How effective is CME at changing physician behavior? This question has taken on new urgency with the Accreditation Council for CME's updated accreditation criteria, which tasks providers with “addressing issues that prevent [physicians] from implementing what our activities teach them to do” (criterion 19). When physicians say their behavior will change as a result of education, how many of us go back to see if they made those changes or, even more important, to learn why the changes were not made?
One of the physician-reported barriers to implementation is that stand-alone activities do not provide them with adequate information to warrant behavior change — especially when an activity introduces novel treatment and management strategies.
Furthermore, while there are data to support the use of just about every format, method, and media selection used in CME activities today, they are not equally effective for all audiences. When asked, physicians will indicate a preference for live education, but their choices for enduring materials are diverse, depending on subject matter.
How can providers develop the right intervention, at the best time, for the appropriate audience, in the optimal setting? One approach is to seek funding for a series of linked activities or an initiative using a variety of formats and covering complementary topics. On evaluation forms, in addition to asking participants about what topics they're interested in, inquire about their learning-style preferences. Ask them how they want to learn about particular topics and what kind of follow-up activities they prefer. This way, you can offer physicians a choice of formats and topics — customized CME.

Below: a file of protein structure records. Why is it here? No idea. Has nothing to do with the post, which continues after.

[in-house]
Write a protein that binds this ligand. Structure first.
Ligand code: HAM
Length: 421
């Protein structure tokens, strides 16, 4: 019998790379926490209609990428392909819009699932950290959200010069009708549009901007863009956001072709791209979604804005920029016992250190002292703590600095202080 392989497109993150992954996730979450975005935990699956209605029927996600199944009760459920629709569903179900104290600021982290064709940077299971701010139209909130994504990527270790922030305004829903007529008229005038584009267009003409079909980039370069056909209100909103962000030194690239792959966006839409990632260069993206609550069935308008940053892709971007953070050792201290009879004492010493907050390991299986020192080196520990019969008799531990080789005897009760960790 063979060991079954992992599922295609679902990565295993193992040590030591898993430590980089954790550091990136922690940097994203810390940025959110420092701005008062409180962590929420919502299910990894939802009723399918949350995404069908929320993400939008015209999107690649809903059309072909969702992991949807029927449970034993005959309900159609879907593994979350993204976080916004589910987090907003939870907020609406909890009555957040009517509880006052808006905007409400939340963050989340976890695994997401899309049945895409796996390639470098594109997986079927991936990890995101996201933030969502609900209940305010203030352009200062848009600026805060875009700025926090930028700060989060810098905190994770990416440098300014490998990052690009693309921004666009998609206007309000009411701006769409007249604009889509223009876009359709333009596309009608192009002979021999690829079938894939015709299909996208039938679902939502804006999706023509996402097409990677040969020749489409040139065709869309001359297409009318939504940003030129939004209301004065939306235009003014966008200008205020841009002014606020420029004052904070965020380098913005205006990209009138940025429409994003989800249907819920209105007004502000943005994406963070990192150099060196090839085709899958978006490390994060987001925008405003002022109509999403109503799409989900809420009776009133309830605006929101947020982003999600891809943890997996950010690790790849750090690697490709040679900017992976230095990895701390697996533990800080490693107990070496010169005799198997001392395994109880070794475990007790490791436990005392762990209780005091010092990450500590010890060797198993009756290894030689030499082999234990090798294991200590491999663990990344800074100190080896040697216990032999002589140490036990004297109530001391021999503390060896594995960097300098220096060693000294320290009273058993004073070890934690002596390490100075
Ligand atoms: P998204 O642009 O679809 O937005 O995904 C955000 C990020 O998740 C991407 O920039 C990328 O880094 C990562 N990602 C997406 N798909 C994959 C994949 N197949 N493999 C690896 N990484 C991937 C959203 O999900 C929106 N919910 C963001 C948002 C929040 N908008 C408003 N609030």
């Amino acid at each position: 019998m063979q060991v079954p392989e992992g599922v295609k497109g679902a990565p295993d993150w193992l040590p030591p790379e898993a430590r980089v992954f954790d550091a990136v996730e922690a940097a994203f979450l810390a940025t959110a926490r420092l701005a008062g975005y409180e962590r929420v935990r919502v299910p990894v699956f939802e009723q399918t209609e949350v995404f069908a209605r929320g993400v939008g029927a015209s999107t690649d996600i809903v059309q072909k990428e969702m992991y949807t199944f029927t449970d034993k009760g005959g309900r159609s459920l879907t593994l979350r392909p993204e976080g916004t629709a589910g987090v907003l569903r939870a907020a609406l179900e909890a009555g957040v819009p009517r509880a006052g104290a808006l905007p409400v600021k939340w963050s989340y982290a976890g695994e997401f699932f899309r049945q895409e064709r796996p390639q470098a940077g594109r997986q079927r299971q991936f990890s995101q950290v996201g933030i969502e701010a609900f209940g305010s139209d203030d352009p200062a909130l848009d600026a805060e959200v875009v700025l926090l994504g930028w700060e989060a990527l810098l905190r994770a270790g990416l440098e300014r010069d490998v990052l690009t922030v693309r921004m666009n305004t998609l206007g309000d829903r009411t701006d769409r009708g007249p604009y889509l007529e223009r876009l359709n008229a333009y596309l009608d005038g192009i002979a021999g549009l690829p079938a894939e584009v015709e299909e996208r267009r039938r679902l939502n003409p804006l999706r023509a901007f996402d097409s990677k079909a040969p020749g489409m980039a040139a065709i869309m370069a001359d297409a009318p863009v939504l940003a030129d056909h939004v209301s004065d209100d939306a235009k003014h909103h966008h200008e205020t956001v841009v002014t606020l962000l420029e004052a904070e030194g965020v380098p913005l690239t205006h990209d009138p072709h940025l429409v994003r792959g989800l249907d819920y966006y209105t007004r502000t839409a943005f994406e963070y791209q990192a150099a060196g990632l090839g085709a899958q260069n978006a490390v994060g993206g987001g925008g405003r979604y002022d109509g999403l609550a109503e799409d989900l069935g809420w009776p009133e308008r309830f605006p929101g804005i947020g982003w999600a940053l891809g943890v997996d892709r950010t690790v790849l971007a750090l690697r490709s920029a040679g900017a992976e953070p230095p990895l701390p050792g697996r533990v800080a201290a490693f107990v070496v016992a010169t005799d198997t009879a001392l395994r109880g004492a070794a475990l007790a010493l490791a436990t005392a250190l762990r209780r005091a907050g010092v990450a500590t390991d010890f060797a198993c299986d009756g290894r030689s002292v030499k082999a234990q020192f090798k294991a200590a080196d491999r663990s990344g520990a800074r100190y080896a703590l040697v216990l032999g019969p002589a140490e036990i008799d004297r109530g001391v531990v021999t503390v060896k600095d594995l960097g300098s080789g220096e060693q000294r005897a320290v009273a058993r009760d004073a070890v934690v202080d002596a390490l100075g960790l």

The success of initiatives will also depend on your ability to get participants to make the connection between activities. Here are some suggestions:
Remind physicians about each previous activity in subsequent interventions and make them aware of future activities.
Incorporate patient resource materials or clinician diagnostic tools to enhance each activity, to increase physician awareness, and to provide motivation for them to change their practice behavior.
Schedule linked activities fairly closely together in time to maintain participants' interest.
To reinforce learning, activities in a series should be designed with an appropriate difficulty level and should address subject matter in a manner that enhances retention. For instance, consider a series of on-demand activities as a follow-up. Highlight the information that physicians need to have reinforced. Integrate methods such as case vignettes to engage your audience.
Here are follow-up strategies you can use to determine whether the activity was effective.
Convene small focus groups of participants or provide a detailed survey two months afterwards.
Ask participants clinical questions to ascertain whether or not they have retained the new information.
If you discover that there has been a significant decrease in participants' knowledge retention, find out the reasons why.
Although environmental and/or economic factors are obstacles beyond providers' control, we can adapt our CME to reflect physicians' learning preferences, so that we develop activities that make a lasting difference in physician practice.
Ann C. Lichti, assistant CME director, Veritas Institute for Medical Education Inc., in Hasbrouck Heights, N.J., has four years' CE experience. Reach her at email@example.com. Harold I. Magazine, PhD, president, Veritas Institute for Medical Education Inc., has 18 years of combined experience in academic research, publications, and medical education. Contact him at firstname.lastname@example.org. The opinions expressed are those of the authors and do not constitute the views of Veritas Institute for Medical Education Inc.